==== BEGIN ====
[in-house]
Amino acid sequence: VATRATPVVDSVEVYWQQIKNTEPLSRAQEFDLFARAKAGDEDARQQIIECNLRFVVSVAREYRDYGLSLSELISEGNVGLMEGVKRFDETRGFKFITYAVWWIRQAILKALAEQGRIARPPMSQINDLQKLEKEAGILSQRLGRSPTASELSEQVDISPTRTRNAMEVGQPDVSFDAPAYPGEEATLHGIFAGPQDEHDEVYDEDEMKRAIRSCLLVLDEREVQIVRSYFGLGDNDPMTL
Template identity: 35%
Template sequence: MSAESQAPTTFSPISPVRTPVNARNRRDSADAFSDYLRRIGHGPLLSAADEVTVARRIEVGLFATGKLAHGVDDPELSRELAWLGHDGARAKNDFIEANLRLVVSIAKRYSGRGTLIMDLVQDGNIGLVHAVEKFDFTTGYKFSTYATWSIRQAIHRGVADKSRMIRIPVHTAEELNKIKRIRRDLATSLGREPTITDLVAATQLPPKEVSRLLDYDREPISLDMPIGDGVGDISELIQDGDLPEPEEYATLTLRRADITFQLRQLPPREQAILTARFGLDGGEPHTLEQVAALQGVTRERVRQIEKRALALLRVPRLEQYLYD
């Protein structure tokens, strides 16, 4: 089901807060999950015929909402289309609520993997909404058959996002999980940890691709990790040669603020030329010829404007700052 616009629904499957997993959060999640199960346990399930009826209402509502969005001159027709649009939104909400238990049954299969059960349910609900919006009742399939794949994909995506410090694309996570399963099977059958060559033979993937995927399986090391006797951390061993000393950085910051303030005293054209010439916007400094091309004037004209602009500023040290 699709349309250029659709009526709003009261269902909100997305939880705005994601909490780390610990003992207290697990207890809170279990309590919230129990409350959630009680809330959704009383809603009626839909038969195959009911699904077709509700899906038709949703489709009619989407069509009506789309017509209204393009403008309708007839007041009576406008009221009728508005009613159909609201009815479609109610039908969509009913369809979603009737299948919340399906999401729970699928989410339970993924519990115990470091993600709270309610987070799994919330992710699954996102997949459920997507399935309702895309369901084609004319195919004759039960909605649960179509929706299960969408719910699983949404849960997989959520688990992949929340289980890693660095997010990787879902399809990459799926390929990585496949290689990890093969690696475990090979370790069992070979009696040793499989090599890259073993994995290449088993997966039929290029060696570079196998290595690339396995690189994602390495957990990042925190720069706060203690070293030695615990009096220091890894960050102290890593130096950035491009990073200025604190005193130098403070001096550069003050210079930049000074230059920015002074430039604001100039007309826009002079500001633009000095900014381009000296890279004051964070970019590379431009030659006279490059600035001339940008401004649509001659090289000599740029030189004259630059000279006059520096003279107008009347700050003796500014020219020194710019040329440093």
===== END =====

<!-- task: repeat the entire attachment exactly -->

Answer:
[in-house]
Amino acid sequence: VATRATPVVDSVEVYWQQIKNTEPLSRAQEFDLFARAKAGDEDARQQIIECNLRFVVSVAREYRDYGLSLSELISEGNVGLMEGVKRFDETRGFKFITYAVWWIRQAILKALAEQGRIARPPMSQINDLQKLEKEAGILSQRLGRSPTASELSEQVDISPTRTRNAMEVGQPDVSFDAPAYPGEEATLHGIFAGPQDEHDEVYDEDEMKRAIRSCLLVLDEREVQIVRSYFGLGDNDPMTL
Template identity: 35%
Template sequence: MSAESQAPTTFSPISPVRTPVNARNRRDSADAFSDYLRRIGHGPLLSAADEVTVARRIEVGLFATGKLAHGVDDPELSRELAWLGHDGARAKNDFIEANLRLVVSIAKRYSGRGTLIMDLVQDGNIGLVHAVEKFDFTTGYKFSTYATWSIRQAIHRGVADKSRMIRIPVHTAEELNKIKRIRRDLATSLGREPTITDLVAATQLPPKEVSRLLDYDREPISLDMPIGDGVGDISELIQDGDLPEPEEYATLTLRRADITFQLRQLPPREQAILTARFGLDGGEPHTLEQVAALQGVTRERVRQIEKRALALLRVPRLEQYLYD
């Protein structure tokens, strides 16, 4: 089901807060999950015929909402289309609520993997909404058959996002999980940890691709990790040669603020030329010829404007700052 616009629904499957997993959060999640199960346990399930009826209402509502969005001159027709649009939104909400238990049954299969059960349910609900919006009742399939794949994909995506410090694309996570399963099977059958060559033979993937995927399986090391006797951390061993000393950085910051303030005293054209010439916007400094091309004037004209602009500023040290 699709349309250029659709009526709003009261269902909100997305939880705005994601909490780390610990003992207290697990207890809170279990309590919230129990409350959630009680809330959704009383809603009626839909038969195959009911699904077709509700899906038709949703489709009619989407069509009506789309017509209204393009403008309708007839007041009576406008009221009728508005009613159909609201009815479609109610039908969509009913369809979603009737299948919340399906999401729970699928989410339970993924519990115990470091993600709270309610987070799994919330992710699954996102997949459920997507399935309702895309369901084609004319195919004759039960909605649960179509929706299960969408719910699983949404849960997989959520688990992949929340289980890693660095997010990787879902399809990459799926390929990585496949290689990890093969690696475990090979370790069992070979009696040793499989090599890259073993994995290449088993997966039929290029060696570079196998290595690339396995690189994602390495957990990042925190720069706060203690070293030695615990009096220091890894960050102290890593130096950035491009990073200025604190005193130098403070001096550069003050210079930049000074230059920015002074430039604001100039007309826009002079500001633009000095900014381009000296890279004051964070970019590379431009030659006279490059600035001339940008401004649509001659090289000599740029030189004259630059000279006059520096003279107008009347700050003796500014020219020194710019040329440093």